A classic challenge for the lecturers is how to fit all relevant material into the timeframe of a short class period, not to mention a short semester. When a student makes an insightful point that would take the class in a new direction, instructors must decide: Do I go on a worthwhile tangent to address the student’s point, or do I proceed as I had planned? In this video, Brett Flehinger shares why he allows student contributions to shape the path a class takes and how he makes strategic adjustments on the fly.
Brett Flehinger, Lecturer on History
American Populisms: From Thomas Jefferson to the Tea Party + Trump
Fall 2016, 38 students
- Prior to class, create a lecture plan segmented into parts with time estimates so you are aware if one part of your lecture is running long or moving more quickly than expected
- Aim for middle ground between blazing ahead with an iron fist and ceding control to any tangent that surfaces. A lecture too tightly planned may feel stilted or inauthentic, while a lecture that follows any student interest may feel incoherent or frustrating for students.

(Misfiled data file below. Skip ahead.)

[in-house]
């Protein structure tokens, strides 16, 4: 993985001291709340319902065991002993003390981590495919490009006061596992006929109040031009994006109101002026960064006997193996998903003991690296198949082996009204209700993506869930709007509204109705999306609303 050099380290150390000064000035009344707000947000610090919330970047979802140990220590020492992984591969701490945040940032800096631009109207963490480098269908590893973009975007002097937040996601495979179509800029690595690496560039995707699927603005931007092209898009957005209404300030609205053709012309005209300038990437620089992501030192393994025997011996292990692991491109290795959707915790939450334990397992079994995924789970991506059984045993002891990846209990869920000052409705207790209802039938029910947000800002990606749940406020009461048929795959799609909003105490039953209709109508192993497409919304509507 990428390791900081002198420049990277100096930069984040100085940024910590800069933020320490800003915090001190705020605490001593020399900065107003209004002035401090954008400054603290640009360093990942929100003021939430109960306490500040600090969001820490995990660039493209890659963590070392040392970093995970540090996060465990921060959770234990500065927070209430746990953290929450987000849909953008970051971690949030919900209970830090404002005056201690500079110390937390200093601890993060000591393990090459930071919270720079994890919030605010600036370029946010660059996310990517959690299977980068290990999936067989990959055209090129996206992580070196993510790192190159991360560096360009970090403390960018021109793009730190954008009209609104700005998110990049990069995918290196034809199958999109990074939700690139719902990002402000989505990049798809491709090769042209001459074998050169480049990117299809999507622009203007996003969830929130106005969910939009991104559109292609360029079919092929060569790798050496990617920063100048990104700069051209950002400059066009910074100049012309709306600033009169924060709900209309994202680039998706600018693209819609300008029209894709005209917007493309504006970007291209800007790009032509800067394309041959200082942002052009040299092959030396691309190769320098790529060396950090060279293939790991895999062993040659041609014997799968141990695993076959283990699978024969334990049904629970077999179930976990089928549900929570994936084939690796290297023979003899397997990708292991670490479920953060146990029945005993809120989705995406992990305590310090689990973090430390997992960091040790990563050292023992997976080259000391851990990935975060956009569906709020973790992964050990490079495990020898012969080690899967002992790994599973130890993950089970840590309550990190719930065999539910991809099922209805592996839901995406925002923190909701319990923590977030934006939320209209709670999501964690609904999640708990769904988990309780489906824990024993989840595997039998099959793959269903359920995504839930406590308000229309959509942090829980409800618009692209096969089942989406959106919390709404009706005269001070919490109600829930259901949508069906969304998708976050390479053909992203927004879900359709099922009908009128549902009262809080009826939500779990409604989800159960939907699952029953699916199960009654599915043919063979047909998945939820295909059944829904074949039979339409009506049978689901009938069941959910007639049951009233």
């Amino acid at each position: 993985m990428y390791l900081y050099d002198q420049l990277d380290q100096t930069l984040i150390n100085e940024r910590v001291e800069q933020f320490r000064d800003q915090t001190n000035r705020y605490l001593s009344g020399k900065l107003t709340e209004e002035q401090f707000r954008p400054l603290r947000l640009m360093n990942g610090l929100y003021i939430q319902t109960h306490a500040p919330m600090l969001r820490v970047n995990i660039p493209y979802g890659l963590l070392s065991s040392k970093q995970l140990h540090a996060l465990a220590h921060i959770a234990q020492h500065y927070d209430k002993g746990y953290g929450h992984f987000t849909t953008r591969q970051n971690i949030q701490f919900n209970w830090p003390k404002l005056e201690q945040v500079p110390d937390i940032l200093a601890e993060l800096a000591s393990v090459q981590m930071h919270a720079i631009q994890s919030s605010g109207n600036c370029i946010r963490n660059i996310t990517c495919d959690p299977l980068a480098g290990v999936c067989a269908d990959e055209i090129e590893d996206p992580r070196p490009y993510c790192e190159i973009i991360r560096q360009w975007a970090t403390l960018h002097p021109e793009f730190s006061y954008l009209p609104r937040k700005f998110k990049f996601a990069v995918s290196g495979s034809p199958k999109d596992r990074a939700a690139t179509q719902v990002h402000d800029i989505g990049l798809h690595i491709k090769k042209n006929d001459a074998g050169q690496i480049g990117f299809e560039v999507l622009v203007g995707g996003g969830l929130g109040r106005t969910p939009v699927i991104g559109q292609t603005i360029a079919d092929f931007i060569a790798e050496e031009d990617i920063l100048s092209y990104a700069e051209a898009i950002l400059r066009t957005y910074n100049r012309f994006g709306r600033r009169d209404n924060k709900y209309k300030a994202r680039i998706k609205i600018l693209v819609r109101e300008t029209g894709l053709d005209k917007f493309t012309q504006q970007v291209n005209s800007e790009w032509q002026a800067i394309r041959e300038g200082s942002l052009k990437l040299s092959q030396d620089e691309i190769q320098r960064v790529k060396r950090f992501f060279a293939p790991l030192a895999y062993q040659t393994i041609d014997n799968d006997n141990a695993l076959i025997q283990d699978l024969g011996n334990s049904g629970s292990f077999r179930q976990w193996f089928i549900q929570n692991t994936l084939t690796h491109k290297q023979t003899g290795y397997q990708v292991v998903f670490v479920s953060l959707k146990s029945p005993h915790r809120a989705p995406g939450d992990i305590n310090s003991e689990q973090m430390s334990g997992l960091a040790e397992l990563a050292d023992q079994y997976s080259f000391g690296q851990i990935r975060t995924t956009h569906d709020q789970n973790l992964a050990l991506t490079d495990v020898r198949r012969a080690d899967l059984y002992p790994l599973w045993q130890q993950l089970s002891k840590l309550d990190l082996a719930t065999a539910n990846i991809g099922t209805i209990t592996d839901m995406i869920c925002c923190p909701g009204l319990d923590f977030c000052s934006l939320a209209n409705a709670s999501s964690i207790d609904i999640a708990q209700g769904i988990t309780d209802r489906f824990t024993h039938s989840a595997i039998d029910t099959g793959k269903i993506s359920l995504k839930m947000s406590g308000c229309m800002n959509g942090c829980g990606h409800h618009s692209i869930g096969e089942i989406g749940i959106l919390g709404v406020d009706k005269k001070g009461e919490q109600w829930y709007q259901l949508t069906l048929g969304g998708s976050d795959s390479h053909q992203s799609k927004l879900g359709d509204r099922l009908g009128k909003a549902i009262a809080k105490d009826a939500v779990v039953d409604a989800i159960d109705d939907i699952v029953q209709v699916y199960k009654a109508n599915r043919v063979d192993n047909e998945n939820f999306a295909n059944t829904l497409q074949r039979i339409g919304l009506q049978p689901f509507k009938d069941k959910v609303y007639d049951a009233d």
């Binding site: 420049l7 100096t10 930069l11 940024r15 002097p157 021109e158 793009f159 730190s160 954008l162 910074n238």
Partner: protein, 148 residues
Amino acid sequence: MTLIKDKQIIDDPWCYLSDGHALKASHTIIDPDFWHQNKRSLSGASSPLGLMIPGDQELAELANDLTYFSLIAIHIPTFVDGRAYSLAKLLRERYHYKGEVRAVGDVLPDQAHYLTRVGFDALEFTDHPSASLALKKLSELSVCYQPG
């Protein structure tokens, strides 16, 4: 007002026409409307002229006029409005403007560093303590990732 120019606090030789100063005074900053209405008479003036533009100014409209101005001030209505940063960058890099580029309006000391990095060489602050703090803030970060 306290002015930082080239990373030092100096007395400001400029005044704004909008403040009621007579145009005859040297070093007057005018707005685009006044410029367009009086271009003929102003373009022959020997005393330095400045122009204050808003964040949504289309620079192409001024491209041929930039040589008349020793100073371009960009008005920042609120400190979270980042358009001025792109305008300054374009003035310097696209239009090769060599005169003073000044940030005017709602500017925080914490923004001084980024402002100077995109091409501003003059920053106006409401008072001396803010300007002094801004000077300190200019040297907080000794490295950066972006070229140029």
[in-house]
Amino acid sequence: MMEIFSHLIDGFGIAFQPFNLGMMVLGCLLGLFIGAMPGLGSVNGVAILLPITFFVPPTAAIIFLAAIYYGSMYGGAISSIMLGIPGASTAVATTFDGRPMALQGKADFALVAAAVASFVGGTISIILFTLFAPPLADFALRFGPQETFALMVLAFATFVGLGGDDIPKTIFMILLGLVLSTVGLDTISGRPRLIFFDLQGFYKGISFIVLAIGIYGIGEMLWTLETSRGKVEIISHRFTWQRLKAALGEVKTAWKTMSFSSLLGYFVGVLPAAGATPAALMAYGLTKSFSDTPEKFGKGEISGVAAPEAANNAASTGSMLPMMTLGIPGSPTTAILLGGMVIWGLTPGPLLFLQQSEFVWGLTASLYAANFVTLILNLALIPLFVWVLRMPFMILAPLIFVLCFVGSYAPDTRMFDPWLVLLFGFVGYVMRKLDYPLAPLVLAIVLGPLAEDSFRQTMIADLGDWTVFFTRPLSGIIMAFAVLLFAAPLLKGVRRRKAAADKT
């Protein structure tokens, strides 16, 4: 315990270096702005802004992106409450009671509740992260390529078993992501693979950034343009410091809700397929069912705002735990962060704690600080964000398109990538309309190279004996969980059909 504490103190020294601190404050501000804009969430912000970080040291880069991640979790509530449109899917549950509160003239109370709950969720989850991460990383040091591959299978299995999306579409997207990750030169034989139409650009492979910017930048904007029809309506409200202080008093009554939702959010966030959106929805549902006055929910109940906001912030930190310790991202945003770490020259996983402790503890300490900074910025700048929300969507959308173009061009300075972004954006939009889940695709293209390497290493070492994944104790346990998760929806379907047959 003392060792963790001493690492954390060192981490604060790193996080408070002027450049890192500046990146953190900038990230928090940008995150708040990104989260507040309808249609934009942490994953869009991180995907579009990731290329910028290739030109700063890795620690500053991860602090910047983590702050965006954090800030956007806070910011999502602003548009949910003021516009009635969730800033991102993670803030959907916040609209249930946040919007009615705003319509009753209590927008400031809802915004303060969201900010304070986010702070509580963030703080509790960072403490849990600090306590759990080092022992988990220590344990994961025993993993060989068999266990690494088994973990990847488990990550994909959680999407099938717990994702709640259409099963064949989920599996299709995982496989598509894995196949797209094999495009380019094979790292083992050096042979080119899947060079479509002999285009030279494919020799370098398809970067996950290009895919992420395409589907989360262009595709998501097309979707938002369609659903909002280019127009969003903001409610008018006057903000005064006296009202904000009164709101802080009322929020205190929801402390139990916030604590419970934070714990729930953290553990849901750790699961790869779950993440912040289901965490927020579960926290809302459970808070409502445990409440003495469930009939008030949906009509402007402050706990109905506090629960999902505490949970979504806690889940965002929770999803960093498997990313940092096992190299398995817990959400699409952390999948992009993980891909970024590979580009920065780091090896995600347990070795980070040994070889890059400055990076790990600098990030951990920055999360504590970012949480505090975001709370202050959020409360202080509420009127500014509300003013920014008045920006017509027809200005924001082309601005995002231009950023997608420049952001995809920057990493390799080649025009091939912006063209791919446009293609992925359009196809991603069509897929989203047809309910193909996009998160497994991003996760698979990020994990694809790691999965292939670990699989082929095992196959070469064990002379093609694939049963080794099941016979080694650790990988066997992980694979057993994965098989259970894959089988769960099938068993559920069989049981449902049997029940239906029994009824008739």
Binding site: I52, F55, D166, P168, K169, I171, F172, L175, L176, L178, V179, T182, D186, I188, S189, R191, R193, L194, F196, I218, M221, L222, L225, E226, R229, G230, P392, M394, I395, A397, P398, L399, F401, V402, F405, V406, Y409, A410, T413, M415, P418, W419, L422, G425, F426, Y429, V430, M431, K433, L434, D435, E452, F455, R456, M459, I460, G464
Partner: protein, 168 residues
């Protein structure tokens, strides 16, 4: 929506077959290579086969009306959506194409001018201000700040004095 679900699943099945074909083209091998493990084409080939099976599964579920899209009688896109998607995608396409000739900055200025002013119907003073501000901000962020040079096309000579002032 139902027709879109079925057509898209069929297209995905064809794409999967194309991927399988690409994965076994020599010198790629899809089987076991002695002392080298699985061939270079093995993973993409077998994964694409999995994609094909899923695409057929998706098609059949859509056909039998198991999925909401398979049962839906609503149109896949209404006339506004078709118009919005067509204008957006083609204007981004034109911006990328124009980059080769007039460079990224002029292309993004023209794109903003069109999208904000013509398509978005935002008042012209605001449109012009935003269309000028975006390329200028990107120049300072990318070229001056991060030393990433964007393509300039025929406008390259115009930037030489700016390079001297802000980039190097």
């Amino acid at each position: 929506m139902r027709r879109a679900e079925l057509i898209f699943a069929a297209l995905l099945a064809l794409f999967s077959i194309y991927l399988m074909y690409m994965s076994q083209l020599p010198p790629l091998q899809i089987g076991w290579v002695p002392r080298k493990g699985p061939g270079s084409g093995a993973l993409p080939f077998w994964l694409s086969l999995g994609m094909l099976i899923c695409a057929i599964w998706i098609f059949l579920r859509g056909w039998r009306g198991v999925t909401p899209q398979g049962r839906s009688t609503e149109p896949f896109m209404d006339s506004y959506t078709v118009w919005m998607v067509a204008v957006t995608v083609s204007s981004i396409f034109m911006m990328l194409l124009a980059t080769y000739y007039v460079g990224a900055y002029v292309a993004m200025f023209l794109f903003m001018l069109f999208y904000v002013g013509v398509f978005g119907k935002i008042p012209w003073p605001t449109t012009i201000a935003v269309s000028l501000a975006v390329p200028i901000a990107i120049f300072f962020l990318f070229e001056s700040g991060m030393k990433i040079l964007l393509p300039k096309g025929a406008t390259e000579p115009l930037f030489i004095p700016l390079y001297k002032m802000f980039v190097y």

- Predetermine points in your lecture where open discussion may be advantageous. Some topics, when discussed, will lead to deeper understanding, whereas others might not require such conversation.
- In “Teaching by the Case Method: Timing”, Harvard Business School professors reflect on how they create flexible plans and adjust timing on the fly
- In another Instructional Moves video, Christina “V” Villarreal discusses how she uses guiding questions to make strategic choices about how to prioritize class time